2)    reason mathematically by applying systematic thinking, by following lines of enquiry, by conjecturing relationships and generalisations, and by developing arguments, justifications or proofs, using mathematical language;
3)    solve problems by applying maths to a variety of routine and non-routine problems with increasing sophistication, including by breaking down problems into a series of smaller steps and by persevering in seeking solutions.


To achieve this, by the time children leave school we expect that they:


•    move fluently between representations of mathematical ideas;
•    make rich connections across mathematical ideas and domains;
•    apply mathematical knowledge to science and other subjects;
•    broadly move through programmes of study at the same pace, with decisions about progress based on the security of pupil’s understanding and readiness to progress to the next stage;
•    are challenged when they grasp concepts by being offered rich and sophisticated problems before acceleration through new content;
•    consolidate understanding, including through additional practice, when not sufficiently fluent with earlier material, before moving on;
•    build secure foundations in spoken language and discussion to probe and remedy misconceptions.


By the time children move from Early Years to Key Stage 1, we expect that they have a deep understanding of number to 10, including the composition of each number; that they subitise (recognise quantities when counting) up to 5; that they automatically recall, without reference to rhymes, counting or other aids, number bonds to 5 (including subtraction facts) and some number bonds to 10, including double facts; that they verbally count beyond 20, recognising the pattern of the counting system, that they compare quantities up to 10 in different contexts, recognising when one quantity is greater than, less than or the same as the other quantity; that they explore and represent patterns within numbers up to 10, including evens and odds, double facts and how quantities can be distributed equally.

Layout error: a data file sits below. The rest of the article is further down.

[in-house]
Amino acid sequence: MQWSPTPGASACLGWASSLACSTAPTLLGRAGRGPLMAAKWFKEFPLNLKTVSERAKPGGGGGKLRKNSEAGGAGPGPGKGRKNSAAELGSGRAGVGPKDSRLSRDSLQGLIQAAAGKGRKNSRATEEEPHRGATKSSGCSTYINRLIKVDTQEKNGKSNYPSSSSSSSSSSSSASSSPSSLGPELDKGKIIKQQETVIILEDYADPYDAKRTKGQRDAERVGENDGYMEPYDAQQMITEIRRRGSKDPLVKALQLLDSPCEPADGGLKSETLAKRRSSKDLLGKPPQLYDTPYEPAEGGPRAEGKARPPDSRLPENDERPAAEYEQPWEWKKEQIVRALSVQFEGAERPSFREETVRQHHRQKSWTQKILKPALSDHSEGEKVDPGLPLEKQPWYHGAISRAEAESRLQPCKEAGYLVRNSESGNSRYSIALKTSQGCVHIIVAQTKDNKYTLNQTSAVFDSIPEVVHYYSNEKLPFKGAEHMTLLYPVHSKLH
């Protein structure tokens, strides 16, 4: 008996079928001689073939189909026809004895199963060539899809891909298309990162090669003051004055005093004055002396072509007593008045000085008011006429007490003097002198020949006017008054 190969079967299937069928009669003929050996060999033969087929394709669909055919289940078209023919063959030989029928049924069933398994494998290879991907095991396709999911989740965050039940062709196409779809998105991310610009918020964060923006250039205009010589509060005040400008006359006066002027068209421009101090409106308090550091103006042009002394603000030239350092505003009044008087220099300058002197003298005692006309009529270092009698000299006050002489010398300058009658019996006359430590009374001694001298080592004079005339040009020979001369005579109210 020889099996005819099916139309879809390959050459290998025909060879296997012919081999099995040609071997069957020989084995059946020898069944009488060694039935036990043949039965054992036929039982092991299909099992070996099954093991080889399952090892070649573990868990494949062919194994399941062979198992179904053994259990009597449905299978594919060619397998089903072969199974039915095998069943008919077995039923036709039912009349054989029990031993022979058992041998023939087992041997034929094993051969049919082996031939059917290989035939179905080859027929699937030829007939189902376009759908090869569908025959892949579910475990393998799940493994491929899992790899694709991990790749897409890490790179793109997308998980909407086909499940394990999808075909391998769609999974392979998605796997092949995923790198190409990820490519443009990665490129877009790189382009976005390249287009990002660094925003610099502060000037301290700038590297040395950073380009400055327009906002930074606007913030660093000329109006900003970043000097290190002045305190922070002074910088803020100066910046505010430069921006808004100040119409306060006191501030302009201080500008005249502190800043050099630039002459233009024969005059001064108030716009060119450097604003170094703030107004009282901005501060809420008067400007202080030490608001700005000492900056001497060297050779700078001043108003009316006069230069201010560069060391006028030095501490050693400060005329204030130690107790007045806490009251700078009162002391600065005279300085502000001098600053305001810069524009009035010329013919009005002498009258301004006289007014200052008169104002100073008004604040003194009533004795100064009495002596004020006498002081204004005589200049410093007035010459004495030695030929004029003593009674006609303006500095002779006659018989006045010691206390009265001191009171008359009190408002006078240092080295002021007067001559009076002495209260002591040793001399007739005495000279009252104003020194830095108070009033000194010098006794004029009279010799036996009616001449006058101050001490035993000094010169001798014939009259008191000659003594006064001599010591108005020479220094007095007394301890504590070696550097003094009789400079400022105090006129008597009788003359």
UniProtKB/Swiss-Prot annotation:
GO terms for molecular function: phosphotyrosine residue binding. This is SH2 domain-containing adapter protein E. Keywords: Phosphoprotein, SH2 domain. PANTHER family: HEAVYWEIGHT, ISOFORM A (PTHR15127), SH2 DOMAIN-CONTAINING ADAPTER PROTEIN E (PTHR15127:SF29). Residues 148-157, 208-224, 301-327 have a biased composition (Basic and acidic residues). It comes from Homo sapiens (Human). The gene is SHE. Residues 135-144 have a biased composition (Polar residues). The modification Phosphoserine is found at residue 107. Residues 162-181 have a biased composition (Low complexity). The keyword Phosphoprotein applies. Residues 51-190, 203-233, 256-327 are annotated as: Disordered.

The impacts listed above are based on the National Curriculum. It is expected that children will not be limited by the National Curriculum and that impacts are open-ended, especially through the use of rich and sophisticated challenges and problems that develop breadth and depth rather than acceleration to new content.


In order for this to happen, monitoring of teaching and learning and regular assessment will take place. Assessment in maths is done both formatively and summatively. Formative assessment will directly inform teaching within individual lessons – for individual pupils, groups and/or the whole class – and across a series of lessons. This will be evident through lesson observations and feedback, through learning walks and pupil voice, through amended and adjusted planning, through work scrutiny, through pupils self- and peer-evaluation, and through lesson study. It will also be reflected in the summative assessment of progress in specific areas of the curriculum during termly data analysis. 


Formative assessment takes place daily, in an ongoing fashion. Summative data, which will also be used formatively for longer term targets, is collected termly via Target Tracker. This data is informed through the use of relevant assessment tools, including White Rose assessments, BAM assessments, NRICH activities for reasoning and problem solving and – in Year 6 and Year 2, past assessment papers for tracking progress and coverage. Termly data is analysed by class teachers and the subject leader, with the SLT having an overview. Termly pupil progress meetings are used to highlight next step areas for individuals and groups.

Maths Curriculum Resources - Intent, Implementation, Impact - Reasoning



Reasoning Feature

NRICH home page for articles and tasks related to reasoning.



Reasoning: Identifying Opportunities (Ages 5-11)

An article exploring what reasoning is [Intent and Impact] and applying it in context for primary schools, with links to activities [Implementation]


Reasoning: Identifying Opportunities - Selection of Tasks (Ages 5-11)



Reasoning: The Journey from Novice to Expert (Ages 5-11)

An article exploring progression in reasoning [Implementation and Impact]


Reasoning: The Journey from Novice to Expert - Selection of Tasks (Age 5-11)